Is a "night drive" something later -- like 9ish?? Or is it just the end of the afternoon drive?
dlm is offline  
Apr 8th, 2004, 06:27 PM
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At the camps I've been at (WS and others) the drives did start about 3:30 or 4 (depending on how hot it was) but we were typically out until about 8pm...sometimes even til 8:30pm. So for the last 1.5 hours or so it was completely dark, and the spotter/tracker scanned with a high-powered light to find the reflections off animals eyes.

For places, like Mombo , that do not permit night drives, this is irrelevant. And I wonder if the high water in the Delta is making it necessary to come back earlier (perhaps there is a greater chance of getting stuck in the dark?)
tashak is offline  
Apr 8th, 2004, 08:00 PM
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The different seasons probably have a lot to do with how much of the game drive is spent in total darkness. I would say that in June, the Southern African winter, that half of the 2nd game drives were spent in darkness, and spotlights were essential. While we would leave at about 4:30 PM, by 6PM we were enjoying our sundowners before then heading off for the second part of our game drive, with spotlight shining.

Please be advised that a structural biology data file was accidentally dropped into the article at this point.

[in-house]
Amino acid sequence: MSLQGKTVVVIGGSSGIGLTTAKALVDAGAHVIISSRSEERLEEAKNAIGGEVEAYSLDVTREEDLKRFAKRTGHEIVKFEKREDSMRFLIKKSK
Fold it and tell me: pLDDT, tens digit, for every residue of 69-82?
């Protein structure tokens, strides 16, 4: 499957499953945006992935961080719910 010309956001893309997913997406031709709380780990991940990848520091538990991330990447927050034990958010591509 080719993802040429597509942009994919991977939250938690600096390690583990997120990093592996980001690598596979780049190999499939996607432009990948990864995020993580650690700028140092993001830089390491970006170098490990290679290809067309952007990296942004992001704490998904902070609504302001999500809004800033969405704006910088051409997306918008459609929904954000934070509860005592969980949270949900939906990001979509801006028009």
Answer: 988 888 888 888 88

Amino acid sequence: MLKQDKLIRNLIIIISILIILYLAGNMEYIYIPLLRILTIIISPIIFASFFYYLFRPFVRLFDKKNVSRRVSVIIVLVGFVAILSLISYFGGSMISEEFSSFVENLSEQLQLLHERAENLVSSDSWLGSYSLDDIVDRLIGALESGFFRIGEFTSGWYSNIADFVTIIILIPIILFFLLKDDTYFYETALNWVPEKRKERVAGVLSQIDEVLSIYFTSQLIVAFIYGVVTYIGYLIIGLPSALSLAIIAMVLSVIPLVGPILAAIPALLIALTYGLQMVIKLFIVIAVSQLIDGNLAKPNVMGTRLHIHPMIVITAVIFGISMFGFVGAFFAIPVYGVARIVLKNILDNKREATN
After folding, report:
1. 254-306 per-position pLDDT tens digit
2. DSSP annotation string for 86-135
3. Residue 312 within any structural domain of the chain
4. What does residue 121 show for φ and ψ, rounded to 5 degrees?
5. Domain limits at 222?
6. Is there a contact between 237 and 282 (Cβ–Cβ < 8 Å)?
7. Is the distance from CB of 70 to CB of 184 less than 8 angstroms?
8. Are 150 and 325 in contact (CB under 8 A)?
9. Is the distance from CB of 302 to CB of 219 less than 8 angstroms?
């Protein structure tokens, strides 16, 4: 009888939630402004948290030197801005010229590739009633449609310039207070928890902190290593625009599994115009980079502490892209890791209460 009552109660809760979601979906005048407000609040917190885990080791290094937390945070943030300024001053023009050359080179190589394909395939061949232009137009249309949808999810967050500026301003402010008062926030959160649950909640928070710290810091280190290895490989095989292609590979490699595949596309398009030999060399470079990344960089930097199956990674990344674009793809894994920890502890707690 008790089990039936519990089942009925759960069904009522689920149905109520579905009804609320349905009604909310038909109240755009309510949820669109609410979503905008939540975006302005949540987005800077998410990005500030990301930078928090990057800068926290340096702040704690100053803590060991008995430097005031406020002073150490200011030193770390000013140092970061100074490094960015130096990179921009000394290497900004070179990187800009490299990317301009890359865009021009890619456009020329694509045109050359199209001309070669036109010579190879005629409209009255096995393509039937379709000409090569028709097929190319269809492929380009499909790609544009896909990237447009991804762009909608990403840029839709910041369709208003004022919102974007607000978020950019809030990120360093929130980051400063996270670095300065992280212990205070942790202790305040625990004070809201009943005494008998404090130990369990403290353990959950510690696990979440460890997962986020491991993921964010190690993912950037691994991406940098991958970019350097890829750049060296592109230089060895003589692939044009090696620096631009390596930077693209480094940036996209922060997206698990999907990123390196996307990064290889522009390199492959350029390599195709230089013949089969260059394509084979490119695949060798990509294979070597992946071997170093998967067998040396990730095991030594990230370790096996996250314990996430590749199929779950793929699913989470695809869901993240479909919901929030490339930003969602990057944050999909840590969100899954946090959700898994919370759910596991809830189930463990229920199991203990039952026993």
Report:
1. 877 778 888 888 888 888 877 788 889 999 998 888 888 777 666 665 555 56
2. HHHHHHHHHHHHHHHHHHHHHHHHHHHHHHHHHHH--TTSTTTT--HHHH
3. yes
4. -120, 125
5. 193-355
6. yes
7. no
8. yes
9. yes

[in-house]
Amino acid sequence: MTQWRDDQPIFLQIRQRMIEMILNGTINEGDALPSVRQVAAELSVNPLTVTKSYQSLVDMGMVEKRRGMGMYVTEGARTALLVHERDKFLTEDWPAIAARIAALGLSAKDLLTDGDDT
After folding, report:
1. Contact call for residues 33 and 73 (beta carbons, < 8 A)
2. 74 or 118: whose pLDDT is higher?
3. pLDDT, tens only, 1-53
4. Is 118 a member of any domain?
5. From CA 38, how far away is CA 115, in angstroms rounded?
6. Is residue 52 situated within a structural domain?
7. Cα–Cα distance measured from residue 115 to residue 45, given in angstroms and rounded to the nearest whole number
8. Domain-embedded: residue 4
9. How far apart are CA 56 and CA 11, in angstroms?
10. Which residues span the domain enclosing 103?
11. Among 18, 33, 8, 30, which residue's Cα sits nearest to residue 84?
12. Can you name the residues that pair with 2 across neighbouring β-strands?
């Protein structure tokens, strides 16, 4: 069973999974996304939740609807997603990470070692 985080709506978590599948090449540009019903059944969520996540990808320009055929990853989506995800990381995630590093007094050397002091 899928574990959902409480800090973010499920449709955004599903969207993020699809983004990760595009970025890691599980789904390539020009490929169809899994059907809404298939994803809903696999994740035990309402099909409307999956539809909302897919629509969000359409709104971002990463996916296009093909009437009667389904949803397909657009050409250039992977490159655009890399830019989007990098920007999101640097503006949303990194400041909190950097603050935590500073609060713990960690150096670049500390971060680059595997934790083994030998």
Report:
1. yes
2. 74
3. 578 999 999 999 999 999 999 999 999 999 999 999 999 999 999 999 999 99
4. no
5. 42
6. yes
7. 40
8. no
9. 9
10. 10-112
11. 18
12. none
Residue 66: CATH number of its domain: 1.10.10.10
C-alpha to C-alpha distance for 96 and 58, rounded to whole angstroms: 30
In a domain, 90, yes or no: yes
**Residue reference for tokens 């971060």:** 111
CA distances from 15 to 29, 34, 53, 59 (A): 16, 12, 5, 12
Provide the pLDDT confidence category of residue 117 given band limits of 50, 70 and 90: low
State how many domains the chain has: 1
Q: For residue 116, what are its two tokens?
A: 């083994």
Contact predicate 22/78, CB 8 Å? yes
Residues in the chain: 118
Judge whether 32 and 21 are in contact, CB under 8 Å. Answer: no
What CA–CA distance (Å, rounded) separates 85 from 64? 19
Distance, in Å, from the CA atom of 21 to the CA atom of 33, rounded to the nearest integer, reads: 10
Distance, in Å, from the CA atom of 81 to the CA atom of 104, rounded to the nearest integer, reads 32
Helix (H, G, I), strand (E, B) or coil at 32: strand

It really is next to impossible to navigate the roads, talk to the guests shine the spotlight and actually spot animals at the same time. Being that I am likely returning again for a third consecutive June safari in 2005, spending 1/4 of the time during game drives in darkness, I really feel as if I need camps that offer the guide & tracker system. Plus, although not everyone agrees, I do think that even in daylight that a tracker helps.